Entertainment looks much different than it did a year ago. But with streaming services offering the latest movie premieres, coupled with the approach of some of the year’s biggest televised events, let’s turn some of those lemons into lemonade and look at key tips for building the perfect home theatre.
While incorporating a home theatre environment into your family room is fantastic, if your goal is to create a space solely for theatrical enjoyment, a dedicated space is best. Whether you just finished your basement or plan to, this is the perfect opportunity for this project.
The primary reasons for a dedicated room are layout and treatment. You’ll get more out of the space by optimizing the placement of furniture, speakers, lighting, and sound baffles.
The goal for seating is comfort and screen visibility. Place plush armchairs or couches a suitable distance from the screen, but not too far away. Installing castors on couches, armchairs or love seats are a convenient way to shift or add seating on demand. For a genuine theatre feel, consider tiered seating if your space allows. While you can buy chairs with built-in cup and snack holders, side tables or a coffee table are handy options as well.
The Big Screen
When planning for your screen, you’ll need to decide whether to go with a smart TV or a mounted screen and projector. Projectors used to be prohibitively expensive, but modern advancements have brought their costs way down.
Whatever you choose, it’s important to mount the screen high enough so that everyone can see clearly—especially with row seating—and low enough so viewers aren’t straining their necks.
Unless you use a smart TV, you’ll need a streaming device, a Blu-Ray or DVD player, plus a receiver and surround sound system. If you wish to avoid surround sound components, a decent sound bar will do nicely and negate the need for a receiver.
Keep your main components together on a TV stand or rack close to an outlet and wired internet access. If you’re planning to use a surround sound system, then it’s strongly recommended to research thoroughly to decide what’s best for your budget and space.
Note: While Wi-Fi has come a long way in strength and speed, if you’re streaming in HD (1080p) or Ultra HD (4k), nothing will beat a wired network connection.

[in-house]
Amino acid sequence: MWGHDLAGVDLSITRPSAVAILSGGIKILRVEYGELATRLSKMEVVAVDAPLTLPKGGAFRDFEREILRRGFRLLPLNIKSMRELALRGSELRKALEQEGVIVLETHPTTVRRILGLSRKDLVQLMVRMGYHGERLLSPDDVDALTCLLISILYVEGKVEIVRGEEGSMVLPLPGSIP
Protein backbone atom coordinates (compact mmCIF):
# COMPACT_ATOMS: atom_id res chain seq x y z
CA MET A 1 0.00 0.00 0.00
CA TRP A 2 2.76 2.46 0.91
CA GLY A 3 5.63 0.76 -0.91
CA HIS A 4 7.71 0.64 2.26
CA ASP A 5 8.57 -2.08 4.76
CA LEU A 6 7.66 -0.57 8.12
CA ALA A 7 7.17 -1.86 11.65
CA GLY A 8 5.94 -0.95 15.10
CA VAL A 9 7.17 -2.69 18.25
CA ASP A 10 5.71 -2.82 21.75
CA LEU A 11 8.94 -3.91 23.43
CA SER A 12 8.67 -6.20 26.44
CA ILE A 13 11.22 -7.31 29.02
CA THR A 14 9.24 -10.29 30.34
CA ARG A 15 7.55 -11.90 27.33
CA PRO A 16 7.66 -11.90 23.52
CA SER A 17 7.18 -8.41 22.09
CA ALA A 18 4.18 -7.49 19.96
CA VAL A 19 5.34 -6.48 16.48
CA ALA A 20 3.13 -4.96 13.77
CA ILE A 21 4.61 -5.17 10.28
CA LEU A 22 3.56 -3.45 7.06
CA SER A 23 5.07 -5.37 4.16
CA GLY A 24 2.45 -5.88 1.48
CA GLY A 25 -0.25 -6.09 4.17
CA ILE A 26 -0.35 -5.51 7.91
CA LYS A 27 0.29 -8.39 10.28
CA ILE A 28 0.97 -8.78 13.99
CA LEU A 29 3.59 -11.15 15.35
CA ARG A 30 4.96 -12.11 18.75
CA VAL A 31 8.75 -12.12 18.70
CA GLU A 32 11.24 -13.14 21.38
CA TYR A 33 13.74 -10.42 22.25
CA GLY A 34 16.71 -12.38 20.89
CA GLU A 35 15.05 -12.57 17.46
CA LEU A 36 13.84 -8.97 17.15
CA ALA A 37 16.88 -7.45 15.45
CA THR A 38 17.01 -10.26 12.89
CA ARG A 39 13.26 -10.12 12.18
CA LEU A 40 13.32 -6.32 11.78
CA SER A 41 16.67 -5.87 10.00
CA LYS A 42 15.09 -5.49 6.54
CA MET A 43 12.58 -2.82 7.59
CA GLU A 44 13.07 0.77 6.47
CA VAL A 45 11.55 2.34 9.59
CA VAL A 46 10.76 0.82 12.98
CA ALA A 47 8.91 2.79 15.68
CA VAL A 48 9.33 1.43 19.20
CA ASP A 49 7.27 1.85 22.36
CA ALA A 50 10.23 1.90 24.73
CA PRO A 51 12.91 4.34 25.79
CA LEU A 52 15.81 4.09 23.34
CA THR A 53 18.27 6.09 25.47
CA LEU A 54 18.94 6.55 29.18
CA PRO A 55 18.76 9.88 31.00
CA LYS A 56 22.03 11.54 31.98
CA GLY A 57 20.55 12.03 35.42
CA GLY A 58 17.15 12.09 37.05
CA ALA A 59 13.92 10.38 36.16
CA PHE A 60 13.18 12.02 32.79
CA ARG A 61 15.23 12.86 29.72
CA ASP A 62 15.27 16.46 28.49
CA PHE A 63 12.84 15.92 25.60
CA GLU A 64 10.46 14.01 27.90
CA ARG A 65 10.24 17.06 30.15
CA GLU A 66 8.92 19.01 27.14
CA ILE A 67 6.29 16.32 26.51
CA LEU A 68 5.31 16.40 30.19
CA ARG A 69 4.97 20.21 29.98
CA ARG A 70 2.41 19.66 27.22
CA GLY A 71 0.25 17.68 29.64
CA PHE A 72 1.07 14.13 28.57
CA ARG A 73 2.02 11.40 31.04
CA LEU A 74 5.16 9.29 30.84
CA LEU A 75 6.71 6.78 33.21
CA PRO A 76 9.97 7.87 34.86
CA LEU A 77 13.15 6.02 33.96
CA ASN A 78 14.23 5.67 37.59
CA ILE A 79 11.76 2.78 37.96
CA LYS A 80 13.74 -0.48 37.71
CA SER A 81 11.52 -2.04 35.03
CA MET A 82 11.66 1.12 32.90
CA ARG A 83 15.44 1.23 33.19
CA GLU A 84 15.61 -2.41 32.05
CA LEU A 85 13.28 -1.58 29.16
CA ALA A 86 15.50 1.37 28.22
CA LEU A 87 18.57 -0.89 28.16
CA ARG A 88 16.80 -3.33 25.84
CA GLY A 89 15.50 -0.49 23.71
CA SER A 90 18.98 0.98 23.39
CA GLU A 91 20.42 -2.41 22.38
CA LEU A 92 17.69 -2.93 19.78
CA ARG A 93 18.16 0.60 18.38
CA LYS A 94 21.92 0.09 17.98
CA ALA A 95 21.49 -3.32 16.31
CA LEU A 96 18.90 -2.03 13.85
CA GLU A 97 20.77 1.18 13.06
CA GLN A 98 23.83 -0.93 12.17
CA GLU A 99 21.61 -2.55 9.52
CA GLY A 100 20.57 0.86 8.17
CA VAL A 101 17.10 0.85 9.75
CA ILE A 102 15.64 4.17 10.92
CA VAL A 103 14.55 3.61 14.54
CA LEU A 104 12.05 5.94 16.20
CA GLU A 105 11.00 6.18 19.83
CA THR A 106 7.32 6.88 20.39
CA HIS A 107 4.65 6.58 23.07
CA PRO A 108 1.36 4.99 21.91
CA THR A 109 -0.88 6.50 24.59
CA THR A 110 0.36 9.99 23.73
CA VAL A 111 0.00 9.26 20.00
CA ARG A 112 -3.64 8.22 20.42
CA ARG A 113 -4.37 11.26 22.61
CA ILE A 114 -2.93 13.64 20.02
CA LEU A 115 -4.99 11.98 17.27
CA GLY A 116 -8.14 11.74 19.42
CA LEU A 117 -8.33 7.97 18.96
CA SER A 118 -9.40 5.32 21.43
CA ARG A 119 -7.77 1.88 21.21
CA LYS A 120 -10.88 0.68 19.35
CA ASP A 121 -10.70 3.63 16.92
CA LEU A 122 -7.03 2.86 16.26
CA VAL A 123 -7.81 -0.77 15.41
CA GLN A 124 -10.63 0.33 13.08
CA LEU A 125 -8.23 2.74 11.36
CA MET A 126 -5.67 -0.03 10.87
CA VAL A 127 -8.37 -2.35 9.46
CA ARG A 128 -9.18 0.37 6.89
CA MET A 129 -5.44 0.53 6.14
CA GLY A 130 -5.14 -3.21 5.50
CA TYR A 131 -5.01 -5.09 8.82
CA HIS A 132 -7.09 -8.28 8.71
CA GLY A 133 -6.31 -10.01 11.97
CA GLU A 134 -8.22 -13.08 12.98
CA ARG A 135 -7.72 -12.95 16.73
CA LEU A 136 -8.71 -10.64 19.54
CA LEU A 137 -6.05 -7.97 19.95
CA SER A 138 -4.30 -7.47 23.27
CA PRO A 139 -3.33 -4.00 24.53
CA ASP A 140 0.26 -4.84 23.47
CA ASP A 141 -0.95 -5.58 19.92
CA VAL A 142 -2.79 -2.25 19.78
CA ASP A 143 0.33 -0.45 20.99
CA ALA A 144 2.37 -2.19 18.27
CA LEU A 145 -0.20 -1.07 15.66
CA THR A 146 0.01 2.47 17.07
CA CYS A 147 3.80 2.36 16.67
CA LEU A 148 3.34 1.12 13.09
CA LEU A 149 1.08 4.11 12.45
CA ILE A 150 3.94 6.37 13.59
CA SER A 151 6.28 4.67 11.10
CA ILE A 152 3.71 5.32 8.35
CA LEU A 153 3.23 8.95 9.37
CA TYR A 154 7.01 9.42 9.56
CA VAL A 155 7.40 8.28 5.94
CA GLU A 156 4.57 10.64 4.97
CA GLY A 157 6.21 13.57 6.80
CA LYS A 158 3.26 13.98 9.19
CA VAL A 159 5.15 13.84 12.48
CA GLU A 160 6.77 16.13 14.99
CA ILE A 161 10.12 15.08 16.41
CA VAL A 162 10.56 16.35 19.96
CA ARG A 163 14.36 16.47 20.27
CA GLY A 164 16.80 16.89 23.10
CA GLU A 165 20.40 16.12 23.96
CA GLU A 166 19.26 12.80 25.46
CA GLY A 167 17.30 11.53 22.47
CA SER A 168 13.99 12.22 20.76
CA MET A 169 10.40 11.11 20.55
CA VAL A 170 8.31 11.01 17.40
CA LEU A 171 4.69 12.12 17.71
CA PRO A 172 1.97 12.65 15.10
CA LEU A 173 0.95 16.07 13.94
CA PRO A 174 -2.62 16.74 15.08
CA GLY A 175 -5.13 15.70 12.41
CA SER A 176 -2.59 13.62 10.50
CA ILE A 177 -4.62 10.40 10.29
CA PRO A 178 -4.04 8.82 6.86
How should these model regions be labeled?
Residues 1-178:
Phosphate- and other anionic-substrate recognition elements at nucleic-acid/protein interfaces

Reduce outside noise pollution by installing an additional layer of drywall or sound-reducing wallboard, plus replacing the hollow door with a solid one.
Sound (or room) treatment is more commonly associated with recording studios, but applies in this case because it’s best to reduce reverberation (reverb) as much as possible for a crisp, clean sound. Acoustic foam and baffles can be bought for a reasonable price and applied to walls, the ceiling and corners to cut the reverb.
The other key element of sound treatment is speaker placement, especially in relation to your seating so do some research.
Set The Tone
To create that perfect theatre atmosphere, start with as little natural light possible. Basements and inner rooms are prime spaces to work with. If your room has windows, the aim is to block our natural light completely and with as little effort as possible.
As far as artificial lighting goes, pot (recessed) lights or wall sconces, coupled with a good dimmer switch give precise control over light levels while reducing the risk of eye strain. An economical substitution is to run LED string lights along the sides of your room.
Many people have a bar in their dens, so why not take your home theatre environment to the next level with a snack bar? This could include a mini fridge for your favourite beverages, storage for chips, nuts and candy, or even a popcorn maker to give your theatre that authentic buttered popcorn smell.
Things To Avoid
Like most projects there are common traps to be mindful of, such as:
• Overspending: Technology changes quickly, so don’t budget for the most expensive setup available when you may have to update in a few years.
• Overly Bright Décor: Bright flooring, furniture and décor can have a negative impact on your room’s ambiance. Darker tones work best.
• Hard Flooring: Smooth flooring contributes to sound reverb so it’s best to use carpeting if possible (the thicker the better!)
• Lighting Behind Seating: This is a surefire way to add unwanted glare to your viewing experience, keep lighting to the sides as much as possible.
Now that you have a better understanding of the key elements for building your home theatre, you’re ready to hit the ground running. As long as you have a well-researched plan for your space, you’re sure to create your perfect home theatre.